More than 60% of cyber security breaches involve stolen credentials and the consequences of credential theft can be overwhelming. A single set of compromised credentials can lead to network infiltration, ransomware attacks, lost intellectual property, third-party attacks and/or supply chain issues that result in real-world harm.
Remember the Colonial Pipeline incident? It occurred on account of a single stolen password obtained through the dark web.
Organizations aren’t implementing adequate security measures to prevent these kinds of attacks.
Curbing credential theft
The majority of enterprises deploy identity access management (IAM) and privileged access management (PAM) to authenticate user identities. However, these strategies alone aren’t enough. Organizations need to look beyond IAM and PAM to protect the underlying mechanisms that govern identification.
Of these, the most important is Active Directory (AD). Cyber adversaries leverage AD to locate privileged accounts, such as those belonging to domain admins with attractive access levels and usually aim to elevate privileges.
Cyber adversaries have created an array of ways to access and exploit AD; from Golden Ticket attacks to Windows Security Identifier (SID) history injection.
An AD compromise enables intruders to efficiently identify and commandeer a powerful account, such as a domain controller. Once this occurs, target organizations are in trouble. Adversaries then gain unfettered access to central systems and have the ability to obfuscate their tracks in order to maintain a stealthy, persistent presence.
Stepping up your strategy
Is your cyber security strategy prevention-first focused or more defense-first oriented? A defense-only, reactive approach isn’t enough to set your organization on a path to cyber security success. Implement as many layers of cyber security as possible and put your energy into prevention.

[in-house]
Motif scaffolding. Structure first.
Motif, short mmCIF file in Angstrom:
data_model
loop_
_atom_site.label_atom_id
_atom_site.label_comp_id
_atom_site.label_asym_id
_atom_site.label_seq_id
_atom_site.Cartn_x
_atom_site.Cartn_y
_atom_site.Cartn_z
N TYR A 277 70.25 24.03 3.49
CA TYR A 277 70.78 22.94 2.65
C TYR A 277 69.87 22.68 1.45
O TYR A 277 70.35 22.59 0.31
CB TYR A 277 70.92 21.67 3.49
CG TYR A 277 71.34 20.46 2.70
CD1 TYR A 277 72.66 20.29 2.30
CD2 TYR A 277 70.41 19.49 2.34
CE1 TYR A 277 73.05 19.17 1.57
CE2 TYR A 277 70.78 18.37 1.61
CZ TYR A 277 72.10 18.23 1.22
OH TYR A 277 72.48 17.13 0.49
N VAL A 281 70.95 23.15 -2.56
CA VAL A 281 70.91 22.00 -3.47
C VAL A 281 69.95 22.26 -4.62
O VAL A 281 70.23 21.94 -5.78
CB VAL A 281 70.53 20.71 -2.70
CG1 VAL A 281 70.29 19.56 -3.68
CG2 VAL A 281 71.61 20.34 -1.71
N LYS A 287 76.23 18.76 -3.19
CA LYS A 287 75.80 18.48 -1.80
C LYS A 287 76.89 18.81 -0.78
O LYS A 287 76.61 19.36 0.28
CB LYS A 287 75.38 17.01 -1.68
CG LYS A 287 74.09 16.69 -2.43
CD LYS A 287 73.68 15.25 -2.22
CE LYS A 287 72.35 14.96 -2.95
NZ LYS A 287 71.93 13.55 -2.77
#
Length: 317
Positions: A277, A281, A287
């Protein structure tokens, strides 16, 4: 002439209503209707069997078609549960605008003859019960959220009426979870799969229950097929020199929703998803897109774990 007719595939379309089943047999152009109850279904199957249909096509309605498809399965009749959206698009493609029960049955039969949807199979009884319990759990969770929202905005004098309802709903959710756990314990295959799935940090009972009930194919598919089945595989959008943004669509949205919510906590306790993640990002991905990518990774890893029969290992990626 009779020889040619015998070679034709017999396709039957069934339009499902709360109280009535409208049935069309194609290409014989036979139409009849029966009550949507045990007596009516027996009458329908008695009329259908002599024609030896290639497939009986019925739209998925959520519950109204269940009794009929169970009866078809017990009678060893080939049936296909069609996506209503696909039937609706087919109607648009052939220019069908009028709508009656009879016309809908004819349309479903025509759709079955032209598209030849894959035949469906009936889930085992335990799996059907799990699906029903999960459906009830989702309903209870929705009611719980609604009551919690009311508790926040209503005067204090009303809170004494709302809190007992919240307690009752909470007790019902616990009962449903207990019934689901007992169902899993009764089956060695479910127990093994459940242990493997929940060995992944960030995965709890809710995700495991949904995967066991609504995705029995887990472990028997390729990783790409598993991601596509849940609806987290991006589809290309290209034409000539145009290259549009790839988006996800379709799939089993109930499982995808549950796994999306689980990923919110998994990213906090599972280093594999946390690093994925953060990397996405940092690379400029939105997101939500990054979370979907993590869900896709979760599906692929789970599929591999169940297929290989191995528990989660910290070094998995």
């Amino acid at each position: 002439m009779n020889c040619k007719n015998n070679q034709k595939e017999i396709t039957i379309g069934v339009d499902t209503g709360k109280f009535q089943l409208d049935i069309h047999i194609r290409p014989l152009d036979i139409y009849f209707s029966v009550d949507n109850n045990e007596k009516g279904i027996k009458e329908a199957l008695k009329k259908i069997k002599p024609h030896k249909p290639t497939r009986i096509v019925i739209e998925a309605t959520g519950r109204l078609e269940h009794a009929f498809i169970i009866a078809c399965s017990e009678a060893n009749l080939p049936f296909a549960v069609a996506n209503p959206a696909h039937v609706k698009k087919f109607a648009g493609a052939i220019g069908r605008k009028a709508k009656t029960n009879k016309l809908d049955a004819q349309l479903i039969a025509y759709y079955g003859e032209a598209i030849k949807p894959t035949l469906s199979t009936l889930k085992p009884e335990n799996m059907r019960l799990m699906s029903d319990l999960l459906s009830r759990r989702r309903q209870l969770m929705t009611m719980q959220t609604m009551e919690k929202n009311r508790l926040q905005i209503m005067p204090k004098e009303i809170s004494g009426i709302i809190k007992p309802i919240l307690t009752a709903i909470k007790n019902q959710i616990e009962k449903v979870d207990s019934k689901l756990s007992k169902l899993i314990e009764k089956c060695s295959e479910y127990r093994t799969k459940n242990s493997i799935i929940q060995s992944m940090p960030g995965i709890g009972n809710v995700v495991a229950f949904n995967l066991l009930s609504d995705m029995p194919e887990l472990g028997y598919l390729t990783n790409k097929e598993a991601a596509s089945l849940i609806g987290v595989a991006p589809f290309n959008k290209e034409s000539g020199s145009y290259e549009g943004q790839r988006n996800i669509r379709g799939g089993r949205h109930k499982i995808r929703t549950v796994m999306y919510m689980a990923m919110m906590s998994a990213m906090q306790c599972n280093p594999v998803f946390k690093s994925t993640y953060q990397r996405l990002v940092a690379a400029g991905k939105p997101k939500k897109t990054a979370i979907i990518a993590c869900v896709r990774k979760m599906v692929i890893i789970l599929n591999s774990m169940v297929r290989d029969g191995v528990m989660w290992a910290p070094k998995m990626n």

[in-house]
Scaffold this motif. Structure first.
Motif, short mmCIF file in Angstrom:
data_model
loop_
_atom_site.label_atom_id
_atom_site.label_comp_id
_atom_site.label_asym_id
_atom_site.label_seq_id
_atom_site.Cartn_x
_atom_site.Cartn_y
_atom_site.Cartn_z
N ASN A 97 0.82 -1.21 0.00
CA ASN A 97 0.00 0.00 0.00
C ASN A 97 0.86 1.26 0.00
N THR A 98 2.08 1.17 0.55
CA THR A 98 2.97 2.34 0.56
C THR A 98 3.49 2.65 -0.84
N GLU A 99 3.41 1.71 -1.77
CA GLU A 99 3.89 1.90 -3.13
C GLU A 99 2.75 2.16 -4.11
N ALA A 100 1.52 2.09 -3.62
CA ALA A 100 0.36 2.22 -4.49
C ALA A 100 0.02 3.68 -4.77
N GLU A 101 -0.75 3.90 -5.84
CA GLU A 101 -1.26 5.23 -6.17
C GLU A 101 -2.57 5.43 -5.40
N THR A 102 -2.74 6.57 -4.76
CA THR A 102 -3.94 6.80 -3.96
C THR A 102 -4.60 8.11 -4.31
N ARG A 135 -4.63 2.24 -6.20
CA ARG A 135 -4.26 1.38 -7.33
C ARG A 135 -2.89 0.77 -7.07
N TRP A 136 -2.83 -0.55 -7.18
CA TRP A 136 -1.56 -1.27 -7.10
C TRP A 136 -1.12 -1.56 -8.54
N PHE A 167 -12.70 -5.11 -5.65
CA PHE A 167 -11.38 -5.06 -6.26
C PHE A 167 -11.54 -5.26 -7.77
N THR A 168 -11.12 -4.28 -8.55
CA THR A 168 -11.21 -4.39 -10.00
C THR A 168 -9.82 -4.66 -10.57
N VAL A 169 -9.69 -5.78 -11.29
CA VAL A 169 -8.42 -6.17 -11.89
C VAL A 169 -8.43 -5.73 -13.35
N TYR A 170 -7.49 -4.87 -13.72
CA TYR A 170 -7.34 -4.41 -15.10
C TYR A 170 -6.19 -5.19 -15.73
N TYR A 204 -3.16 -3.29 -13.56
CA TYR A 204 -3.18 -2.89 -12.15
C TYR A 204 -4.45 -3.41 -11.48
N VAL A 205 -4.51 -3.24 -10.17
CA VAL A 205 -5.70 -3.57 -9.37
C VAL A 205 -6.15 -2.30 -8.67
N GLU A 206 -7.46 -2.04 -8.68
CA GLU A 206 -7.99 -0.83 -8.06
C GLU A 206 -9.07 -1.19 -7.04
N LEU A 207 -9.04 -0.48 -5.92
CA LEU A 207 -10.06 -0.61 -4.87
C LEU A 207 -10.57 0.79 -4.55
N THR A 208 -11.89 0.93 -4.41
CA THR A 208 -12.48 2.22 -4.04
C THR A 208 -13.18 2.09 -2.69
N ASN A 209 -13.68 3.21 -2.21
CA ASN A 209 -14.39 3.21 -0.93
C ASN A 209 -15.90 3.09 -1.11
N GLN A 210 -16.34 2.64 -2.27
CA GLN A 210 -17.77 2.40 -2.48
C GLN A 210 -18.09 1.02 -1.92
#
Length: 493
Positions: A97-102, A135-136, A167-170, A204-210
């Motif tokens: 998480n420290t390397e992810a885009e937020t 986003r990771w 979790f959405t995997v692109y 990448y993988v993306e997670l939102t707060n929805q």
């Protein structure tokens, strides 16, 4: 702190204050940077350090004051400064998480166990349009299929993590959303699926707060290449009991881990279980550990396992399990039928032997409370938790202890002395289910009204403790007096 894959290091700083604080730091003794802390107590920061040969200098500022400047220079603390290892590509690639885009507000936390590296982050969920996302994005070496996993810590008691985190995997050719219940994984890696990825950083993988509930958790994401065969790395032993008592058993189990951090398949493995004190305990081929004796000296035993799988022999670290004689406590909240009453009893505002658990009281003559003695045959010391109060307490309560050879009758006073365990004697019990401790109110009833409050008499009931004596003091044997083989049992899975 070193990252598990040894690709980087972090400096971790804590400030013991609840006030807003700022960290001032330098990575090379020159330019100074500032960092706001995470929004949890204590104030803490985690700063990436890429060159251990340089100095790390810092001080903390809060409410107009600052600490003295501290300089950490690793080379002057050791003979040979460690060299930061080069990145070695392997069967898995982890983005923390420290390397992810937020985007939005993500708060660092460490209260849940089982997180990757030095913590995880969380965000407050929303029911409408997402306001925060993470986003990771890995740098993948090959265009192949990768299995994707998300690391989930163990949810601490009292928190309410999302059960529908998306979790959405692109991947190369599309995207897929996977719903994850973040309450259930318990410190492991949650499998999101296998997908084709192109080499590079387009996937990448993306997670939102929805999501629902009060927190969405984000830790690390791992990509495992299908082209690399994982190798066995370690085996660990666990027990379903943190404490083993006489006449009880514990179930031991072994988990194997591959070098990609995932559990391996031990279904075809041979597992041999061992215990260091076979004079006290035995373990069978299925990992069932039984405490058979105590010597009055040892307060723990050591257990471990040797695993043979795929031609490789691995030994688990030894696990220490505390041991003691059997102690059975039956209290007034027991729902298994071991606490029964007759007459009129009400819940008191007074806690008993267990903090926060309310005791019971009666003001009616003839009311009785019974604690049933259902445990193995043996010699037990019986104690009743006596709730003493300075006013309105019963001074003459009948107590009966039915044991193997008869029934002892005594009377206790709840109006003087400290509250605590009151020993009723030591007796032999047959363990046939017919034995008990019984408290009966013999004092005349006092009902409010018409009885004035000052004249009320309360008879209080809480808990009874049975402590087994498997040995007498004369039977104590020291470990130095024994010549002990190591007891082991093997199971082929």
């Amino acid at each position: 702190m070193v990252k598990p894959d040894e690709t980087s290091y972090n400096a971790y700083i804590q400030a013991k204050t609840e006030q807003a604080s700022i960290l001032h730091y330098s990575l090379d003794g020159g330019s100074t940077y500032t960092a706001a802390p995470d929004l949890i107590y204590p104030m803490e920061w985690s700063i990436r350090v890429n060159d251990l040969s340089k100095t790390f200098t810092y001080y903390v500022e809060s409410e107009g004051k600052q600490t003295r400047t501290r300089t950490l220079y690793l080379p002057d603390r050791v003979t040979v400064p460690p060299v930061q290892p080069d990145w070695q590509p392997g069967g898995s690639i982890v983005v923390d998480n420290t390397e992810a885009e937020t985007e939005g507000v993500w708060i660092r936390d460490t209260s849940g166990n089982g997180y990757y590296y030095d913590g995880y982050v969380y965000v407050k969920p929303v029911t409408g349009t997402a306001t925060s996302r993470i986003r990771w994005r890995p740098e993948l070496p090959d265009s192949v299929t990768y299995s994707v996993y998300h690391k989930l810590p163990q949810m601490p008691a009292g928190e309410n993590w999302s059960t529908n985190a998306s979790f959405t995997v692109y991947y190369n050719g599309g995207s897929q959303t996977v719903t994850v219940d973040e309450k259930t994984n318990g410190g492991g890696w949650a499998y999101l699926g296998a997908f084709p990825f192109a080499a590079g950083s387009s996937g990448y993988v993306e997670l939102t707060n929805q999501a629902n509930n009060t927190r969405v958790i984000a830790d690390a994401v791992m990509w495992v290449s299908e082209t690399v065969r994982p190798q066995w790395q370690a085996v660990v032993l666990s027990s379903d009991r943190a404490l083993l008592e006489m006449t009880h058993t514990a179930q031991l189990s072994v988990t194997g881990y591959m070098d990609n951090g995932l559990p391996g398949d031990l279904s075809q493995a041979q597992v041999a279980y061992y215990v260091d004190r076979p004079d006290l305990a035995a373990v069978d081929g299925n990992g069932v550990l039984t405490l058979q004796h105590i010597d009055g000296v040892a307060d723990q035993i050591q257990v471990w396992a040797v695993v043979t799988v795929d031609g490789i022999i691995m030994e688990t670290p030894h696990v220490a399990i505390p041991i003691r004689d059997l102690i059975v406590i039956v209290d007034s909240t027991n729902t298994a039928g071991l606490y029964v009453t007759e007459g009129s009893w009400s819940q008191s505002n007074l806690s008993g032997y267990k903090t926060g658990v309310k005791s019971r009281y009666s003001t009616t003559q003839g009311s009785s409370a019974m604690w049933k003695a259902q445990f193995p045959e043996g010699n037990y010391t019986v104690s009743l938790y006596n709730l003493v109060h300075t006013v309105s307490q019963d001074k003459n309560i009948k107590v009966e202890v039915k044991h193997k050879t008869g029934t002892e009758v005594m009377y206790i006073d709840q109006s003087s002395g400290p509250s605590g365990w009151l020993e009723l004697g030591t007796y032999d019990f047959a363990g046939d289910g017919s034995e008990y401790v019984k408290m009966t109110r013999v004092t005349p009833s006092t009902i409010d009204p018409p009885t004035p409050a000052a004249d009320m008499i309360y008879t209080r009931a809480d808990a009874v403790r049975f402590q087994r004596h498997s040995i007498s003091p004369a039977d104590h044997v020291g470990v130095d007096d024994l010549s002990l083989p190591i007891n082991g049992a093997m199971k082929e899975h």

Credential theft check-list
These high-level recommendations can help you prevent and mitigate credential theft.
- Identify high-value assets. Determine which assets are of the greatest import to the business, and prioritize security investments accordingly.
- Engage in planning exercises. Closely examine how current infrastructure and assets are protected, and consider how to strategically mitigate relevant known and unknown attack types.
- Investigate every incident. An incident that triggers cyber security detection mechanisms could indicate genuine compromise, or it could be a false positive. Regardless of your gut feeling about an event, investigate it, as that can help prevent similar future occurrences.
- Apply security to core business systems. Cyber adversaries consistently exploit identities to access the beating heart of a network.
- To deceive hackers, consider honeypots. Cyber criminals commonly rely on automated tools, such as Bloodhound, to find targets like AD. Criminals aren’t likely to suspect that their tools will fail or that they will be led astray.
- Educate administrators about effective security best practices and common types of account and privilege-based attacks. Informing and training administrative staff reduces the likelihood of successful credential theft-based infiltration.
- Remind employees to beware of shoulder surfing. This type of espionage can occur in any public location. It can also occur in an office setting, where an insider may wish to impersonate someone else.
- Require that employees create strong passwords and use multi-factor authentication. Eighty percent of employees find password management difficult. Fifty-seven percent of the US workforce writes passwords down on sticky notes. A password manager may be helpful for employees.
A single silver bullet solution for credential theft prevention? It doesn’t exist. Take a layered approach – prevent credential theft by implementing a series of both human-focused and technological solutions.